Rivaroxaban for thromboprophylaxis among patients recently hospitalized for acute infectious diseases: a subgroup analysis of the MAGELLAN study

K. P. Cohoon, Y. De Sanctis, L. Haskell, R. D. McBane, T. E. Spiro

Research output: Contribution to journalArticle


Essentials Net benefit of venous thromboprophylaxis (VTE) in patients hospitalized for infections is unknown. MAGELLAN trial subgroup analysis was performed for patients hospitalized for acute infectious diseases. At day 35, prolonged rivaroxaban prophylaxis reduced VTE compared to enoxaparin (4.2% vs. 6.6%). Rivaroxaban prophylaxis reduced VTE in patients hospitalized for active lung infections. Summary: Background Despite the well-established association between infection and venous thromboembolism (VTE), there are few data specifically assessing the efficacy and safety of the VTE prophylaxis strategies for patients hospitalized for acute infectious diseases. Objectives To estimate the incidence of VTE and bleeding outcomes, comparing prolonged prophylaxis with rivaroxaban 10 mg daily for 35 days with enoxaparin 40 mg daily for 10 days. Patients/Methods A subgroup analysis of patients hospitalized for acute infectious diseases in the MAGELLAN trial was performed. The primary efficacy outcome was the composite of asymptomatic proximal or symptomatic VTE at days 10 and 35. The principal safety outcome was the composite of major or clinically relevant non-major bleeding. Results Three thousand one hundred and seventy-three patients with acute infectious diseases leading to hospitalization were randomized to either rivaroxaban (n = 1585) or enoxaparin/placebo (n = 1588), and received at least one dose of study medication. At day 10, primary composite efficacy outcomes did not differ between prophylaxis strategies (rivaroxaban, 2.7%; and enoxaparin, 3.7%). At day 35, there were fewer VTE events with rivaroxaban (4.2%) than with enoxaparin (6.6%) (relative risk [RR] 0.64; 95% confidence interval [CI] 0.45–0.92). Patients with pulmonary infections randomized to rivaroxaban had a lower incidence of VTE both at 10 days (RR 0.50, 95% CI 0.28–0.90) and at 35 days (RR 0.54, 95% CI 0.33–0.87). Primary safety outcome events were increased with rivaroxaban (RR 2.42, 95% CI 1.60–3.66). Conclusions Prolonged rivaroxaban prophylaxis reduced the incidence of VTE in patients hospitalized for acute infectious diseases, particularly those involving the lungs. Efficacy benefits were, in part, offset by bleeding outcomes. ClinicalTrials.gov Number: NCT 00571649.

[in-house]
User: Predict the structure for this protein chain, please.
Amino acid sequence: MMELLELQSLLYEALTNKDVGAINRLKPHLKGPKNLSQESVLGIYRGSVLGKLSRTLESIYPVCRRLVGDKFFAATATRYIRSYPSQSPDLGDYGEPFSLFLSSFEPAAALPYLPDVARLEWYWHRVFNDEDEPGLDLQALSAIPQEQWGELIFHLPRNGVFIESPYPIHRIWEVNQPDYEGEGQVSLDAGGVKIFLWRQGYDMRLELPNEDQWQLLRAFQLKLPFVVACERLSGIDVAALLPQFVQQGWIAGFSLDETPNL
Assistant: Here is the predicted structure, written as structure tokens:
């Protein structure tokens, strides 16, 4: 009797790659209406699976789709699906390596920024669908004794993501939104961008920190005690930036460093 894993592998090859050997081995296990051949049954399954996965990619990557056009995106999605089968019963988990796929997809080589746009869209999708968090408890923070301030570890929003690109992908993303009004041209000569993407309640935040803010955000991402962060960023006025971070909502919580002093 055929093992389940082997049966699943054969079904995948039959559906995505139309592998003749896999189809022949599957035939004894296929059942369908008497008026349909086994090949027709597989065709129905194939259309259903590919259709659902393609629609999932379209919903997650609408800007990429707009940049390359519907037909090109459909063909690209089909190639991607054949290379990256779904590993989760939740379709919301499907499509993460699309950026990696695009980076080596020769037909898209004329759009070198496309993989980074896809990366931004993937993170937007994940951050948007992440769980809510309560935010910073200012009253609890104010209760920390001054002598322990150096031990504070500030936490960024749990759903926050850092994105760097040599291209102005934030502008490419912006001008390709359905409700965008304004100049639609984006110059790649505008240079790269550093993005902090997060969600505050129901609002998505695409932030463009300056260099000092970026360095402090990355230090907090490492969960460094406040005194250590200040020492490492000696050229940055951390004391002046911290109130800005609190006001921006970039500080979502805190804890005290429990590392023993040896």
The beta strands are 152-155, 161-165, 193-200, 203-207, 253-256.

Original languageEnglish (US)
Pages (from-to)1278-1287
Number of pages10
JournalJournal of Thrombosis and Haemostasis
Issue number7
StatePublished - Jul 1 2018



  • acute infectious disease
  • deep vein thrombosis
  • pulmonary embolism
  • pulmonary infection
  • rivaroxaban
  • venous thromboembolism

ASJC Scopus subject areas

  • Hematology

Cite this